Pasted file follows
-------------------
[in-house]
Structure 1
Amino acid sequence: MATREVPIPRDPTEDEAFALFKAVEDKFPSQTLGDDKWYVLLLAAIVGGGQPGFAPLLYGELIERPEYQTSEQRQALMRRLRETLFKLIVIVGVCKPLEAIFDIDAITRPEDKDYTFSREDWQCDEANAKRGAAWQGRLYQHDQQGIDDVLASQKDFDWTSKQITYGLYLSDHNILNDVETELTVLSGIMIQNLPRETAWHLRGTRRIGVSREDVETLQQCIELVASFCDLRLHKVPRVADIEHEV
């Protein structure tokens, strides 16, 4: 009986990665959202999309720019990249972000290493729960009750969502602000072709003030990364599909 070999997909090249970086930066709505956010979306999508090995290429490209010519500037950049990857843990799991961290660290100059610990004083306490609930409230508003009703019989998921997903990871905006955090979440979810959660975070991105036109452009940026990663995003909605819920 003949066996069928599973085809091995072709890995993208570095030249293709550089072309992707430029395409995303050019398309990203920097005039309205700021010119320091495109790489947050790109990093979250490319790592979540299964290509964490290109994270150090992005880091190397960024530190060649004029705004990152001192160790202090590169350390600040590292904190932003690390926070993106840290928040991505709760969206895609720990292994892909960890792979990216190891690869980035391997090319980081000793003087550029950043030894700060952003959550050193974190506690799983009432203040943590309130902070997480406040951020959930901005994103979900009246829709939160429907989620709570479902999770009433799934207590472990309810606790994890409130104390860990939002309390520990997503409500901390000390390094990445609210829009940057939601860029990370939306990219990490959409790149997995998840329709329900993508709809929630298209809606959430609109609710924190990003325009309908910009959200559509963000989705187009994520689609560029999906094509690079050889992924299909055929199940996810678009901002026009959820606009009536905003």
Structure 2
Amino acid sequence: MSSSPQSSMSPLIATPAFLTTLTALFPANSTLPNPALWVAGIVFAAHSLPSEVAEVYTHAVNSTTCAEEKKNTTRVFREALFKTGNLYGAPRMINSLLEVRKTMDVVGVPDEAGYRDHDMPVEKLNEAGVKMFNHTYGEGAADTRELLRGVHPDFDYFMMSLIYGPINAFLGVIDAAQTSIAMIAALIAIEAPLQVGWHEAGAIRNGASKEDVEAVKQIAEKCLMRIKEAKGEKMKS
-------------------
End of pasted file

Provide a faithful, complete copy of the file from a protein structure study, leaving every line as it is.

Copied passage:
[in-house]
Structure 1
Amino acid sequence: MATREVPIPRDPTEDEAFALFKAVEDKFPSQTLGDDKWYVLLLAAIVGGGQPGFAPLLYGELIERPEYQTSEQRQALMRRLRETLFKLIVIVGVCKPLEAIFDIDAITRPEDKDYTFSREDWQCDEANAKRGAAWQGRLYQHDQQGIDDVLASQKDFDWTSKQITYGLYLSDHNILNDVETELTVLSGIMIQNLPRETAWHLRGTRRIGVSREDVETLQQCIELVASFCDLRLHKVPRVADIEHEV
């Protein structure tokens, strides 16, 4: 009986990665959202999309720019990249972000290493729960009750969502602000072709003030990364599909 070999997909090249970086930066709505956010979306999508090995290429490209010519500037950049990857843990799991961290660290100059610990004083306490609930409230508003009703019989998921997903990871905006955090979440979810959660975070991105036109452009940026990663995003909605819920 003949066996069928599973085809091995072709890995993208570095030249293709550089072309992707430029395409995303050019398309990203920097005039309205700021010119320091495109790489947050790109990093979250490319790592979540299964290509964490290109994270150090992005880091190397960024530190060649004029705004990152001192160790202090590169350390600040590292904190932003690390926070993106840290928040991505709760969206895609720990292994892909960890792979990216190891690869980035391997090319980081000793003087550029950043030894700060952003959550050193974190506690799983009432203040943590309130902070997480406040951020959930901005994103979900009246829709939160429907989620709570479902999770009433799934207590472990309810606790994890409130104390860990939002309390520990997503409500901390000390390094990445609210829009940057939601860029990370939306990219990490959409790149997995998840329709329900993508709809929630298209809606959430609109609710924190990003325009309908910009959200559509963000989705187009994520689609560029999906094509690079050889992924299909055929199940996810678009901002026009959820606009009536905003």
Structure 2
Amino acid sequence: MSSSPQSSMSPLIATPAFLTTLTALFPANSTLPNPALWVAGIVFAAHSLPSEVAEVYTHAVNSTTCAEEKKNTTRVFREALFKTGNLYGAPRMINSLLEVRKTMDVVGVPDEAGYRDHDMPVEKLNEAGVKMFNHTYGEGAADTRELLRGVHPDFDYFMMSLIYGPINAFLGVIDAAQTSIAMIAALIAIEAPLQVGWHEAGAIRNGASKEDVEAVKQIAEKCLMRIKEAKGEKMKS